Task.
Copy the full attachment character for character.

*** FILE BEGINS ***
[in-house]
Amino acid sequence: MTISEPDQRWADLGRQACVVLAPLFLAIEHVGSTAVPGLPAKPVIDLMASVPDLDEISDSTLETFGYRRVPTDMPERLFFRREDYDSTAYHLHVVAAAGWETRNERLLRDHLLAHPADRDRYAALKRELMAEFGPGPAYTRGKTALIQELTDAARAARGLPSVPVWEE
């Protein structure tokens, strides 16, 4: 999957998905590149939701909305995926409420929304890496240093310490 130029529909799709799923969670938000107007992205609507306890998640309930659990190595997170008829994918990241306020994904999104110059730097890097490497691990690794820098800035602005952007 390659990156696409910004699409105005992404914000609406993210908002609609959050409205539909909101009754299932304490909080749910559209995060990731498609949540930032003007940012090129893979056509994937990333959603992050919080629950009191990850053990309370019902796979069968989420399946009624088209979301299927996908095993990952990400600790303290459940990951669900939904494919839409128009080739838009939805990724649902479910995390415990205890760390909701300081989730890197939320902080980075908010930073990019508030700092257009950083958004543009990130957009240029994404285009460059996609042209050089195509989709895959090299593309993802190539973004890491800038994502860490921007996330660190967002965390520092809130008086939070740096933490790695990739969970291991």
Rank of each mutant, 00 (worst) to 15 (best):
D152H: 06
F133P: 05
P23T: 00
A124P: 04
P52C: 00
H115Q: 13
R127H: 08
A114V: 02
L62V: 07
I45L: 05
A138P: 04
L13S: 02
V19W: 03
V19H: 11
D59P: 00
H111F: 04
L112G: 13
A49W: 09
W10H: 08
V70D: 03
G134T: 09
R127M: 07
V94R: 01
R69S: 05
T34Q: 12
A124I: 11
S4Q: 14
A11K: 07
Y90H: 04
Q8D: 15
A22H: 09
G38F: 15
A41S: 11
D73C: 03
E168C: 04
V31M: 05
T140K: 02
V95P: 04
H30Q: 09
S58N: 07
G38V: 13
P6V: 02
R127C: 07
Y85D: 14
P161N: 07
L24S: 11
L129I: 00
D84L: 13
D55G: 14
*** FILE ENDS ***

[in-house]
Amino acid sequence: MTISEPDQRWADLGRQACVVLAPLFLAIEHVGSTAVPGLPAKPVIDLMASVPDLDEISDSTLETFGYRRVPTDMPERLFFRREDYDSTAYHLHVVAAAGWETRNERLLRDHLLAHPADRDRYAALKRELMAEFGPGPAYTRGKTALIQELTDAARAARGLPSVPVWEE
């Protein structure tokens, strides 16, 4: 999957998905590149939701909305995926409420929304890496240093310490 130029529909799709799923969670938000107007992205609507306890998640309930659990190595997170008829994918990241306020994904999104110059730097890097490497691990690794820098800035602005952007 390659990156696409910004699409105005992404914000609406993210908002609609959050409205539909909101009754299932304490909080749910559209995060990731498609949540930032003007940012090129893979056509994937990333959603992050919080629950009191990850053990309370019902796979069968989420399946009624088209979301299927996908095993990952990400600790303290459940990951669900939904494919839409128009080739838009939805990724649902479910995390415990205890760390909701300081989730890197939320902080980075908010930073990019508030700092257009950083958004543009990130957009240029994404285009460059996609042209050089195509989709895959090299593309993802190539973004890491800038994502860490921007996330660190967002965390520092809130008086939070740096933490790695990739969970291991």
Rank of each mutant, 00 (worst) to 15 (best):
D152H: 06
F133P: 05
P23T: 00
A124P: 04
P52C: 00
H115Q: 13
R127H: 08
A114V: 02
L62V: 07
I45L: 05
A138P: 04
L13S: 02
V19W: 03
V19H: 11
D59P: 00
H111F: 04
L112G: 13
A49W: 09
W10H: 08
V70D: 03
G134T: 09
R127M: 07
V94R: 01
R69S: 05
T34Q: 12
A124I: 11
S4Q: 14
A11K: 07
Y90H: 04
Q8D: 15
A22H: 09
G38F: 15
A41S: 11
D73C: 03
E168C: 04
V31M: 05
T140K: 02
V95P: 04
H30Q: 09
S58N: 07
G38V: 13
P6V: 02
R127C: 07
Y85D: 14
P161N: 07
L24S: 11
L129I: 00
D84L: 13
D55G: 14